Sorry for the complete lack of communication for the past week... I've been away with pretty much no Internet access. It was great!
In the meantime, Taran has been doing better and better. He's down to one Bute/day, and today is he is being weaned off of antibiotics injected directly into the joint and should be down to just oral antibiotics. He's actually be completely sound on the injured foot since the day of surgery too, which is fantastic news. If everything continues as planned, he'll come home at the end of the week!
Also, if you're in central Texas, I cannot recommend Austin Equine highly enough. They have called both Fuzzypony and myself EVERY DAY exactly when they said they would. The staff have been sooo friendly and helpful, and they all love Taran and are spoiling him rotten and taking the best care of him. At first I wondered if I shouldn't have taken him to a larger equine hospital, but I now know that Taran wouldn't have gotten such individual care anywhere else, and I also know that the communication would not be nearly as good either.
While I was there visiting Taran, I had a really interesting discussion about barefoot horse care with one of the vets - I explained that I had a horse that was sensitive to NSCs and how I'd worked to get that under control. He asked about diet and I explained what I was feeding. He agreed with what I was doing but suggested feeding more alfalfa since it's lower in NSCs that Bermuda hay, and I explained that I understood that alfalfa in large quantities could cause entroliths. He blinked once or twice and then spent 10 minutes discussing the pros and cons of alfalfa. It was the most informed discussion I've ever had with a vet about feeding a horse.
I mentioned we were working to get the boys more self-trimming and had installed a track, and he thought that tracks were great and asked how well it was working. I was completely shocked! Here's a vet that not ONLY didn't tell me to shoe my horse, but knew about tracks and how diet affects feet!!! I then asked if he knew any good barefoot trimmers, explaining the troubles I've had (yes, I'm still trimming the boys, but I would feel more comfortable if I had someone I could trust look in on them regularly). He commented that the problem with most trimmers was that they wanted to trim from the bottom and take off live sole and frog, instead of trimming from the top. OMG!!!! From the mouth of a VET!!! I was practically speechless! And then he told me that he'd get me the name of the one trimmer that he'd had good results with... and you know what? The vet clinic actually followed up - I now have the guy's name and number. I plan to call him this week and discuss his trimming methods to see if he might be a good match. Not gonna make that mistake again!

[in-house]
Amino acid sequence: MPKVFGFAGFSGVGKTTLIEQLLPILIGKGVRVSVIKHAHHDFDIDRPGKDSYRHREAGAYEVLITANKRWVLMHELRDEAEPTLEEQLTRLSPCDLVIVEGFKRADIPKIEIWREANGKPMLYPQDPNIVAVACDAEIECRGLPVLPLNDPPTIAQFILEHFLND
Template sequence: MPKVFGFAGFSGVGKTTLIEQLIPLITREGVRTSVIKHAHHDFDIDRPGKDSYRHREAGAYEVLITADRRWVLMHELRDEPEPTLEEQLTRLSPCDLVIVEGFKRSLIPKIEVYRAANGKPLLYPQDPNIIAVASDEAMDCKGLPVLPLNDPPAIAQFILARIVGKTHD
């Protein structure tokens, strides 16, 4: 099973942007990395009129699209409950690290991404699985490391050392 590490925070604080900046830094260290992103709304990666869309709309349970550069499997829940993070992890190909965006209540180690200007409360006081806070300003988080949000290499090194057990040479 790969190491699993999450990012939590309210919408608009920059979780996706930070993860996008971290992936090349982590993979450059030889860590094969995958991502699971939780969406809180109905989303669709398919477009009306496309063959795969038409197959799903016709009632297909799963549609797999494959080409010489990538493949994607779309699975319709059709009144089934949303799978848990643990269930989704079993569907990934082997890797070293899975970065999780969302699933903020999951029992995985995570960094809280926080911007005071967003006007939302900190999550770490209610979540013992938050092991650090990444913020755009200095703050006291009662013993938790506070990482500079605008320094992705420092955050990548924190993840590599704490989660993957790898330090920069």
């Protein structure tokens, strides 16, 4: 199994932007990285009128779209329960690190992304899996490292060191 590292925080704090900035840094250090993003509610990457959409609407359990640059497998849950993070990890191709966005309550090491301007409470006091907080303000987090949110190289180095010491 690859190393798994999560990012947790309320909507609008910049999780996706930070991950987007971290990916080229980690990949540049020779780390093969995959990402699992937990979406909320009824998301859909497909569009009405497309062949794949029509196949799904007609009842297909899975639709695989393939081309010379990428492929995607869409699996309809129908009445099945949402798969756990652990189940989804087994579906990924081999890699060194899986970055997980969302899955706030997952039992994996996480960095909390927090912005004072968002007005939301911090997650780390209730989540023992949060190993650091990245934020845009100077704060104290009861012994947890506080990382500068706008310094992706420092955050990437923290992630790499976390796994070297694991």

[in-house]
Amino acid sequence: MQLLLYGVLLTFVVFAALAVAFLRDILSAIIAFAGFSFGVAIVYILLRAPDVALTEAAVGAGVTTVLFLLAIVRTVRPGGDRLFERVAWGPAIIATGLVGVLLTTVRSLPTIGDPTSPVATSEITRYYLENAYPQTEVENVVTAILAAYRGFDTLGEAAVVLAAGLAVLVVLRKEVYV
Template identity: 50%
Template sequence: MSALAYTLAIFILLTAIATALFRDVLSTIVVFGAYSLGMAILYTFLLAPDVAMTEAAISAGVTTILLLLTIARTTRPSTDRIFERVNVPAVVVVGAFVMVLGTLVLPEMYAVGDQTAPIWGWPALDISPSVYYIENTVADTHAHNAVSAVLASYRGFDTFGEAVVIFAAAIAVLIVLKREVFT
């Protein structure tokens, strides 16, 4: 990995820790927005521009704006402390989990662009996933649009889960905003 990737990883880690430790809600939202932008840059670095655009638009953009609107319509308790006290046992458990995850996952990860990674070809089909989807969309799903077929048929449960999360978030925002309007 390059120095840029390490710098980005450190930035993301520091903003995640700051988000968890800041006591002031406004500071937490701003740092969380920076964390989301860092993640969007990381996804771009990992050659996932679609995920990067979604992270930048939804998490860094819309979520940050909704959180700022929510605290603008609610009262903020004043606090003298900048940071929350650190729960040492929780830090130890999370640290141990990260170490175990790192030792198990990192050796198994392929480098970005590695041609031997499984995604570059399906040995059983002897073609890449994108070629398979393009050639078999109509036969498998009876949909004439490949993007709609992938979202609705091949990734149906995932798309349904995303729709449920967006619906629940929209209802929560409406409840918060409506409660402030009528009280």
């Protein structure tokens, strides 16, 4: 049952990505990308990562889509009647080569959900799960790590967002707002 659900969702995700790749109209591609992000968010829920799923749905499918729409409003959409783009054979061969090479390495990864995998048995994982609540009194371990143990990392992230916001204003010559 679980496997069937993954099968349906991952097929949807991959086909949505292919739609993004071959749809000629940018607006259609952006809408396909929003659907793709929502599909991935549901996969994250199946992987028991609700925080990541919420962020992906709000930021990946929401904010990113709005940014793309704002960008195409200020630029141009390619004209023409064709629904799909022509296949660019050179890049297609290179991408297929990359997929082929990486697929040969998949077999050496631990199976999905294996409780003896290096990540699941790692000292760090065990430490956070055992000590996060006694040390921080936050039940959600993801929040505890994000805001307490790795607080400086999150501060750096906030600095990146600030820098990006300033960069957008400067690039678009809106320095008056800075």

Anyway... please keep sending good thoughts to Taran. We're hoping for a white blood cell count below 5,000 in the joint, and we'll know we're on the way. Fingers crossed!
Can't wait til Taran is home with you <3ReplyDelete
I'm thrilled that Taran is doing so well!! I bet you'll be happy to have him back home. Sounds like the vet facility has been amazing too, and that can certainly make all the difference. I hope you have good luck with the barefoot trimmer... can't wait to hear how that goes!ReplyDelete
So glad to hear Taran is doing well. A really bummer situation is getting MUCH better.ReplyDelete
I will be using those vets when I move Greta to Driftwood! Seriously, they are right next door to Graymar, just walk across a pasture. I'm glad to hear good things about them!
Very good news about Taran and your vet sounds lovely! Be sure to ask the prospective trimmer how many sticks of celery he gets through on a normal visit ;-)ReplyDelete
Thanks everyone for you good wishes! And Nic, the celery may take some explaining...ReplyDelete
That is really great news! The vet sounds impressive.ReplyDelete